Who were the Hares (Hare-Naylors)? How was our diarist connected with them? And what were they doing in Weimar and Lausanne in 1805-6? The answer to some of these questions can be found in the DNB entry for Francis Hare-Naylor. It would appear that the Hare-Naylors went to Weimar for several reasons, a combination of political, social and financial problems in England that made removing to the continent desirable, coupled with Mrs Hare-Naylor’s failing health. Weimar  attracted the family because of the literary circles that were established  there, among whom was Goethe, and because they had developed a good relationship with the ruling Duchess. The move to Lausanne was presumably partly occasioned by the political developments mentioned above. Once Mrs Hare-Naylor had died, the family made a rather hazardous journey back to England. After crossing the Rhine and then the Danube, the diarist noted that they

“pass’d through a number of French troops, always civil”.

By the end of 1806 their journey had taken them to Hamburg, and by 23 July they had landed at Gravesend. It appears that the sketches in the diary might have been done on this voyage: there is a view of the English coast (probably Orford Ness – my thanks to Sumner Braund for helping to identify this), and a number of figures who appear to be lounging on or below deck. Could they be rather bored young Hares?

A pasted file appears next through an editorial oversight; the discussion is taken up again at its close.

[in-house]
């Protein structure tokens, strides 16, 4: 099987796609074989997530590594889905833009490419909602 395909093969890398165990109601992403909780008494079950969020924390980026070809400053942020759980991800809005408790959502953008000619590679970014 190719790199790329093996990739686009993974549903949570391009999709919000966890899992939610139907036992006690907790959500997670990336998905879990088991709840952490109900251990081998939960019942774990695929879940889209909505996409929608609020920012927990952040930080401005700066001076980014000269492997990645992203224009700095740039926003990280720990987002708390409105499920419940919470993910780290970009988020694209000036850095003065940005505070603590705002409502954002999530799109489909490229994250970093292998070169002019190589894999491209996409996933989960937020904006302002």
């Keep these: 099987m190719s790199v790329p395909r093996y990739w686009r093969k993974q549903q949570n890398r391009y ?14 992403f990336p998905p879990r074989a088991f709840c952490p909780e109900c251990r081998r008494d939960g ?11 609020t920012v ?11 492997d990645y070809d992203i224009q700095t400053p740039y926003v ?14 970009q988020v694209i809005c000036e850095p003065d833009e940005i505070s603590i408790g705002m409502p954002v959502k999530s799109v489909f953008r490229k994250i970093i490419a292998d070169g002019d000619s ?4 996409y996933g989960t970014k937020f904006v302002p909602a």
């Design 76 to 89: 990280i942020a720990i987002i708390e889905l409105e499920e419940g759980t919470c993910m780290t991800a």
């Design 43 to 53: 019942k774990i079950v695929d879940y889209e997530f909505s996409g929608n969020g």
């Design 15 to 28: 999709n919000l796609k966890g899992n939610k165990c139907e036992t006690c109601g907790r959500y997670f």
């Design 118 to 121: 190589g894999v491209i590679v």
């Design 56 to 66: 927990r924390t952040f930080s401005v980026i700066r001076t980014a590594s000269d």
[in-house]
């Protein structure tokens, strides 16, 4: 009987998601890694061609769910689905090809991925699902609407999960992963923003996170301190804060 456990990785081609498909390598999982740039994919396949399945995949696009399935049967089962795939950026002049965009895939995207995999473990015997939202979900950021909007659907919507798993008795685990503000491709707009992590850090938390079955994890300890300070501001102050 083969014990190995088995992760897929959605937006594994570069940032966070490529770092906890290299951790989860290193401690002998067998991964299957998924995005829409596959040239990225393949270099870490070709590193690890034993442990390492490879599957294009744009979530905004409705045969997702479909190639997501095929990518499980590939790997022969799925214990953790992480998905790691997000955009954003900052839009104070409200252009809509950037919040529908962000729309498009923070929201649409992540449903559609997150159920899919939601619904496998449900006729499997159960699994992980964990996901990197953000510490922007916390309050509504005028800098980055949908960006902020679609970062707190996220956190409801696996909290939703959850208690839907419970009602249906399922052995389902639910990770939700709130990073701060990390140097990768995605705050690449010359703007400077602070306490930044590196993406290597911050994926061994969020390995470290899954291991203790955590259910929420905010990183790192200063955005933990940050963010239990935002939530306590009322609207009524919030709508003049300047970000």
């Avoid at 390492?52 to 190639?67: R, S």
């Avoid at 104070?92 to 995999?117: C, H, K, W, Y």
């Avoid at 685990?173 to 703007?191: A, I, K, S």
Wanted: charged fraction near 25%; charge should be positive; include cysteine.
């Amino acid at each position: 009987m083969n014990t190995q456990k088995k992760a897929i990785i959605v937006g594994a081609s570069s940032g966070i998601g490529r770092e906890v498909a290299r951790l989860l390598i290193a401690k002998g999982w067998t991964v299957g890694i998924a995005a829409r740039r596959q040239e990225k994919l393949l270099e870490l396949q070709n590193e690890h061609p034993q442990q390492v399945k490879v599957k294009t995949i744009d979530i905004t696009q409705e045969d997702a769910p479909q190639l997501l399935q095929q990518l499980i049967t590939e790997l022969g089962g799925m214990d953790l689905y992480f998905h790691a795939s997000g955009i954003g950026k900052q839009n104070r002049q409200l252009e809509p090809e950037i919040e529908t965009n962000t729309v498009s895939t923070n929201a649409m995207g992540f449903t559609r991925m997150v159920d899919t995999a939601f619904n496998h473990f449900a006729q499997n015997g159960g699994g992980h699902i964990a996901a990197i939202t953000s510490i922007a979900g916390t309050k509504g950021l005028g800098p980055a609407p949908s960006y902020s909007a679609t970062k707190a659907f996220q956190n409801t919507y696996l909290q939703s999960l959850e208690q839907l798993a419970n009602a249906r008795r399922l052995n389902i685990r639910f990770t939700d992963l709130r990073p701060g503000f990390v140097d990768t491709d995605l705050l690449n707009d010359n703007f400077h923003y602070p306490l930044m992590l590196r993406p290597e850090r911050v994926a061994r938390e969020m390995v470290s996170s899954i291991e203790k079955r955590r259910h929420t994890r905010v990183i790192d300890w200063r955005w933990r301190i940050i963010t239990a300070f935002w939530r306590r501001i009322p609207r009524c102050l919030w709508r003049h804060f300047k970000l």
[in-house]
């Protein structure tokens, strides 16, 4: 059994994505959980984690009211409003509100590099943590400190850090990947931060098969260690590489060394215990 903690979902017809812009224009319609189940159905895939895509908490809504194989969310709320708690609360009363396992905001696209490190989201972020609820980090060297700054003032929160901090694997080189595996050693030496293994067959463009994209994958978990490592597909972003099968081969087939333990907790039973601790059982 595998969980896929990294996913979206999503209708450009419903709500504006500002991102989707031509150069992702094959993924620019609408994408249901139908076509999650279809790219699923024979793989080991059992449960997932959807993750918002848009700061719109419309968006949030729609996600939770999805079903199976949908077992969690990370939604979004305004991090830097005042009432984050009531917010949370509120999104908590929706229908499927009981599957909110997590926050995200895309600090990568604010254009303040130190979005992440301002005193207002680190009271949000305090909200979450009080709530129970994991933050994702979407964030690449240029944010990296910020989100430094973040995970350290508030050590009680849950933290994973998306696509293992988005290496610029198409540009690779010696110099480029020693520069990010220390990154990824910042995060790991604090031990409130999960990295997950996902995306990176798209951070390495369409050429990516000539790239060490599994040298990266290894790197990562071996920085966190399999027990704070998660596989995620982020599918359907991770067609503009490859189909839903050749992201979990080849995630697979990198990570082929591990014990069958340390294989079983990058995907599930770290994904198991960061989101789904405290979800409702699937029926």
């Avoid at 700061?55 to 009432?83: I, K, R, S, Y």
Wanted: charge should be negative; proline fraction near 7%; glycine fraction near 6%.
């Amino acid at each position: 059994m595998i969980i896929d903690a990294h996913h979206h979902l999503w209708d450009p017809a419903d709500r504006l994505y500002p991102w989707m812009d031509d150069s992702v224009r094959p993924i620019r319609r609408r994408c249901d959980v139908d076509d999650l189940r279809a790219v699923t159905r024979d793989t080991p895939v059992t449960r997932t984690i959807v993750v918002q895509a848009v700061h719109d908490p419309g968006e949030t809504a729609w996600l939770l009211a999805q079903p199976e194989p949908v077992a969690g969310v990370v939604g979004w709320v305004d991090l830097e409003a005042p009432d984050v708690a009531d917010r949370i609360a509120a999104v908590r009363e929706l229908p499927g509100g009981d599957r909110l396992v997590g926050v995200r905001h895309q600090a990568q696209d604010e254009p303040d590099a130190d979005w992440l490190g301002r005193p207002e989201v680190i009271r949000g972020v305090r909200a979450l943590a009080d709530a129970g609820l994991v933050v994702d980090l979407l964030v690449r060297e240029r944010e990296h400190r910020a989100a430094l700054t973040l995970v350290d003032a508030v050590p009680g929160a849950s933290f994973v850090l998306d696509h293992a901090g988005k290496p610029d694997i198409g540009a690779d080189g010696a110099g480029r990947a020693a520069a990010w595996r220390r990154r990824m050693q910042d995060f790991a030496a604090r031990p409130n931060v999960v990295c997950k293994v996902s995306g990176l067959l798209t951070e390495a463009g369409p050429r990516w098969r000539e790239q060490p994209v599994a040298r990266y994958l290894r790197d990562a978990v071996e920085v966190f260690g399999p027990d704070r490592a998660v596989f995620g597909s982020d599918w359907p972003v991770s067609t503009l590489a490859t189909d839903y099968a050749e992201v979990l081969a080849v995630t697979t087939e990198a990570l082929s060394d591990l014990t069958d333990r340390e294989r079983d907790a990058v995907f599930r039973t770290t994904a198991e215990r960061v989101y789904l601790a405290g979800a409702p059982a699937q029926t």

Sketches in the ‘Almanach de Lausanne’ for 1806. Probably unattributed works of Mary Ann Flaxman. (MS. Eng. misc. d. 48)








The diarist was clearly on intimate terms with the Hare family, but not a member of it. Michael Heafford (University of Cambridge) who has worked on travel diaries and in particular on travellers in Switzerland, made an inspired suggestion. Could she be the Hares’s governess, Mary or Maria Flaxman? This suggestion was the key that unlocked the diary. Everything fell into place, and the locations, the names mentioned, and the sketches, all made sense. Mary is well known enough to have left substantial traces in the records. She was the half-sister of the famous sculptor John Flaxman (1755-1826). His DNB entry shows that he had a European reputation – he was even invited to the the Musée Napoleon in Paris in 1802. The DNB article goes on to say:

“In Germany, too, Flaxman was acclaimed as both sculptor and illustrator. His half-sister recorded seeing copies after his sculpture being sold in Hamburg, and in Weimar she met Goethe, who told her how much he admired her brother’s art.”

Augustus J. C. Hare, grandson of Francis and Georgiana Hare-Naylor, gives an account of the Hare-Naylors in Memorials of a Quiet Life, published in the 1870s. He mentions John Flaxman’s friendship with the family, and the advice he gave to Georgina to improve her own painting skills. He also states:

“Flaxman, who, with his sister (who was governess to little Anna), accompanied the Hare-Naylors to Weimar.”

There is a separate entry for Mary Ann Flaxman in the DNB, under the main entry for her brother. This too highlights the Hare-Naylor connection, and shows that Mary was an artist in her own right:

“Mary Ann exhibited at the Free Society of Artists, the Society of Artists, and the Royal Academy between 1786 and 1819. … For several years she lived as a governess with the Hare Naylor family, first in Italy and afterwards in Weimar. From 1810 she lived with John Flaxman and his wife in Buckingham Street until the sculptor’s death in 1826.”